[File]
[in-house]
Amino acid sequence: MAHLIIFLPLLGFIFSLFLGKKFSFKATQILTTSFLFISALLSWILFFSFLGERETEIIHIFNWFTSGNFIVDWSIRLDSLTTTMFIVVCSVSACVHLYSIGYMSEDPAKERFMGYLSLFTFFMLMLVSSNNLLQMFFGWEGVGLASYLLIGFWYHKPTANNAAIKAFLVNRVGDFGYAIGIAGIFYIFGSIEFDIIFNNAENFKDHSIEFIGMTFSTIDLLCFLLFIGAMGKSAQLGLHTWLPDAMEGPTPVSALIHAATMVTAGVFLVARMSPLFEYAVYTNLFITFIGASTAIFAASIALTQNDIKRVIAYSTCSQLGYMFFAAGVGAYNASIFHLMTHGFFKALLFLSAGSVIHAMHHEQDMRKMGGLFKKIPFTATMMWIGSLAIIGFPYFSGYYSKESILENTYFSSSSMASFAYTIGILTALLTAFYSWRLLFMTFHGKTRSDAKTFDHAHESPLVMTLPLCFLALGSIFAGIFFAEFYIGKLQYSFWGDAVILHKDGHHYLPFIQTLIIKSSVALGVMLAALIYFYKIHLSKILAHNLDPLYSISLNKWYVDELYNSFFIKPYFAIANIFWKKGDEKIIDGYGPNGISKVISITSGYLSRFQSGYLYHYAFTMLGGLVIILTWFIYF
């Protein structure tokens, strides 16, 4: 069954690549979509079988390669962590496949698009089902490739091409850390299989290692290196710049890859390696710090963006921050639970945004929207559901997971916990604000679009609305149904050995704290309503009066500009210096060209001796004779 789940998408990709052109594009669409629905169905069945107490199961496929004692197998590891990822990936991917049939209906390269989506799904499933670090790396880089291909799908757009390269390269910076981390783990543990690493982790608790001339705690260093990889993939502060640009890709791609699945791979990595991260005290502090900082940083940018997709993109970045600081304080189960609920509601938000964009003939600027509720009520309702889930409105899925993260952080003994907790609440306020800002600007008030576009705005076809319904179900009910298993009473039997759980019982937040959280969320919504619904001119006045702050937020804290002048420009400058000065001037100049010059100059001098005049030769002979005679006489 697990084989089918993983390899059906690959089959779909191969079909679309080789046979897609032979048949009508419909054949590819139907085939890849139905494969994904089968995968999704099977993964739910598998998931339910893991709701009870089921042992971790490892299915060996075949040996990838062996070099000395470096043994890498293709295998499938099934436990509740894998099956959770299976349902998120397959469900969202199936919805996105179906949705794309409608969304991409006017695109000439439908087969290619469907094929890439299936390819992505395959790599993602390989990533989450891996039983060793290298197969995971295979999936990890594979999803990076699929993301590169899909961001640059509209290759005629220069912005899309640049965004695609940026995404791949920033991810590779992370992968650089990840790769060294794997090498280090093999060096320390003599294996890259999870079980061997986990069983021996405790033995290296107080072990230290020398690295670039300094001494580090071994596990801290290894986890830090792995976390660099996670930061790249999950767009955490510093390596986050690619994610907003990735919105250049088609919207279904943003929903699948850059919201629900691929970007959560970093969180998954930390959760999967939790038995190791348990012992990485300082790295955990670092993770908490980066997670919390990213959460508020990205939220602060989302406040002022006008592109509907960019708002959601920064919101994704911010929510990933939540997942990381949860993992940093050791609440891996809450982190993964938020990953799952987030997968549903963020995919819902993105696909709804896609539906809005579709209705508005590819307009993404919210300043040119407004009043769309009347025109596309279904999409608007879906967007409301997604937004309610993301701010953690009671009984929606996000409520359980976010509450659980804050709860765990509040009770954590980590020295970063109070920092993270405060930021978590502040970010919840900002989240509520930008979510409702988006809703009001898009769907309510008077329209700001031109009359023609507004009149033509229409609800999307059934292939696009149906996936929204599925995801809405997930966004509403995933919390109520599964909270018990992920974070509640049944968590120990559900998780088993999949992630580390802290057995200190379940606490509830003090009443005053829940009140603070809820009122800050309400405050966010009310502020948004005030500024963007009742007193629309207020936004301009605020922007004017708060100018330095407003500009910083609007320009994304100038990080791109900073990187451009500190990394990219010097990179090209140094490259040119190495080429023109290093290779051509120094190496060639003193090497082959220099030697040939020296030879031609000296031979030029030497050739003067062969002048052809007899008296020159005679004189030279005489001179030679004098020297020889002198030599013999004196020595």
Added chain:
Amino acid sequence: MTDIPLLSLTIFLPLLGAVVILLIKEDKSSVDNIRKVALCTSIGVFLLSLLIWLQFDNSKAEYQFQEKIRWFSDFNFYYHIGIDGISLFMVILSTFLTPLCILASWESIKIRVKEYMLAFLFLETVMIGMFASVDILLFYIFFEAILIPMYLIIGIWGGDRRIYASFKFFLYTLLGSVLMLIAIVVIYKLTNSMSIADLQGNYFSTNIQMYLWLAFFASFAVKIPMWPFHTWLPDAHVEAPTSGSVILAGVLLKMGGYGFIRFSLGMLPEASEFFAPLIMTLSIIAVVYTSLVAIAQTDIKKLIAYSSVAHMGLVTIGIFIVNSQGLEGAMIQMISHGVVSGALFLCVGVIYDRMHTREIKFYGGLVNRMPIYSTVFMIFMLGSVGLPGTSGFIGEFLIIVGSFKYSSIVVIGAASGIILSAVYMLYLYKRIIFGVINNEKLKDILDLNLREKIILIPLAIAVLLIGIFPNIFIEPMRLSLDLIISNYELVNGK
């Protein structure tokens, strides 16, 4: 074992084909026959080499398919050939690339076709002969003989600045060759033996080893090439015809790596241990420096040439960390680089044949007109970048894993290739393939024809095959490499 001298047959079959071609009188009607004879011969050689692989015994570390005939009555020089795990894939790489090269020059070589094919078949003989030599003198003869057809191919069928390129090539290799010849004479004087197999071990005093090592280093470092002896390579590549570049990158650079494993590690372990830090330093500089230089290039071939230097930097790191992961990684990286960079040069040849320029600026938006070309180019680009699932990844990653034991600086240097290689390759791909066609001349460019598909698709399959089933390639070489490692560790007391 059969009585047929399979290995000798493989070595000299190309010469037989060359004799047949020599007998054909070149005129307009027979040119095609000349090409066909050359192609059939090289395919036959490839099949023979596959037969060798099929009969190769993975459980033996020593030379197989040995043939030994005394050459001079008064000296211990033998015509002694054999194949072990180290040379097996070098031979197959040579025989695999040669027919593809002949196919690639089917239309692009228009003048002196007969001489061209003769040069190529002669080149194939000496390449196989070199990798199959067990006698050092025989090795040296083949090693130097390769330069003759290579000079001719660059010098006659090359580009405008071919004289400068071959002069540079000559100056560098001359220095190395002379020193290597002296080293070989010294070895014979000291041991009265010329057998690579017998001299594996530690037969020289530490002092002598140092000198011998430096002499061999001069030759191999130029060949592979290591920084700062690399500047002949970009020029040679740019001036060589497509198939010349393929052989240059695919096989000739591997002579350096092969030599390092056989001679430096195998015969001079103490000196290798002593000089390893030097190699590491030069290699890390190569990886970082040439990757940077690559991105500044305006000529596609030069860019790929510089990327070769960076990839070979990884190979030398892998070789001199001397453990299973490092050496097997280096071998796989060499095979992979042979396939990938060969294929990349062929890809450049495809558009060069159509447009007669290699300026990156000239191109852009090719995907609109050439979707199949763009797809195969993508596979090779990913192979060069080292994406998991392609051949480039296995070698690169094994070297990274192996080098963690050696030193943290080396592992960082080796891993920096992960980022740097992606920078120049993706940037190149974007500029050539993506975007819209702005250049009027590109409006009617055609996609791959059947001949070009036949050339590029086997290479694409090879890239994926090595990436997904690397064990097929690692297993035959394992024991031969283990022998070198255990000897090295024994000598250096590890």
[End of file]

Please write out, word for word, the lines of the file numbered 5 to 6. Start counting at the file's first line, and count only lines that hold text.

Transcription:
Amino acid sequence: MTDIPLLSLTIFLPLLGAVVILLIKEDKSSVDNIRKVALCTSIGVFLLSLLIWLQFDNSKAEYQFQEKIRWFSDFNFYYHIGIDGISLFMVILSTFLTPLCILASWESIKIRVKEYMLAFLFLETVMIGMFASVDILLFYIFFEAILIPMYLIIGIWGGDRRIYASFKFFLYTLLGSVLMLIAIVVIYKLTNSMSIADLQGNYFSTNIQMYLWLAFFASFAVKIPMWPFHTWLPDAHVEAPTSGSVILAGVLLKMGGYGFIRFSLGMLPEASEFFAPLIMTLSIIAVVYTSLVAIAQTDIKKLIAYSSVAHMGLVTIGIFIVNSQGLEGAMIQMISHGVVSGALFLCVGVIYDRMHTREIKFYGGLVNRMPIYSTVFMIFMLGSVGLPGTSGFIGEFLIIVGSFKYSSIVVIGAASGIILSAVYMLYLYKRIIFGVINNEKLKDILDLNLREKIILIPLAIAVLLIGIFPNIFIEPMRLSLDLIISNYELVNGK
């Protein structure tokens, strides 16, 4: 074992084909026959080499398919050939690339076709002969003989600045060759033996080893090439015809790596241990420096040439960390680089044949007109970048894993290739393939024809095959490499 001298047959079959071609009188009607004879011969050689692989015994570390005939009555020089795990894939790489090269020059070589094919078949003989030599003198003869057809191919069928390129090539290799010849004479004087197999071990005093090592280093470092002896390579590549570049990158650079494993590690372990830090330093500089230089290039071939230097930097790191992961990684990286960079040069040849320029600026938006070309180019680009699932990844990653034991600086240097290689390759791909066609001349460019598909698709399959089933390639070489490692560790007391 059969009585047929399979290995000798493989070595000299190309010469037989060359004799047949020599007998054909070149005129307009027979040119095609000349090409066909050359192609059939090289395919036959490839099949023979596959037969060798099929009969190769993975459980033996020593030379197989040995043939030994005394050459001079008064000296211990033998015509002694054999194949072990180290040379097996070098031979197959040579025989695999040669027919593809002949196919690639089917239309692009228009003048002196007969001489061209003769040069190529002669080149194939000496390449196989070199990798199959067990006698050092025989090795040296083949090693130097390769330069003759290579000079001719660059010098006659090359580009405008071919004289400068071959002069540079000559100056560098001359220095190395002379020193290597002296080293070989010294070895014979000291041991009265010329057998690579017998001299594996530690037969020289530490002092002598140092000198011998430096002499061999001069030759191999130029060949592979290591920084700062690399500047002949970009020029040679740019001036060589497509198939010349393929052989240059695919096989000739591997002579350096092969030599390092056989001679430096195998015969001079103490000196290798002593000089390893030097190699590491030069290699890390190569990886970082040439990757940077690559991105500044305006000529596609030069860019790929510089990327070769960076990839070979990884190979030398892998070789001199001397453990299973490092050496097997280096071998796989060499095979992979042979396939990938060969294929990349062929890809450049495809558009060069159509447009007669290699300026990156000239191109852009090719995907609109050439979707199949763009797809195969993508596979090779990913192979060069080292994406998991392609051949480039296995070698690169094994070297990274192996080098963690050696030193943290080396592992960082080796891993920096992960980022740097992606920078120049993706940037190149974007500029050539993506975007819209702005250049009027590109409006009617055609996609791959059947001949070009036949050339590029086997290479694409090879890239994926090595990436997904690397064990097929690692297993035959394992024991031969283990022998070198255990000897090295024994000598250096590890």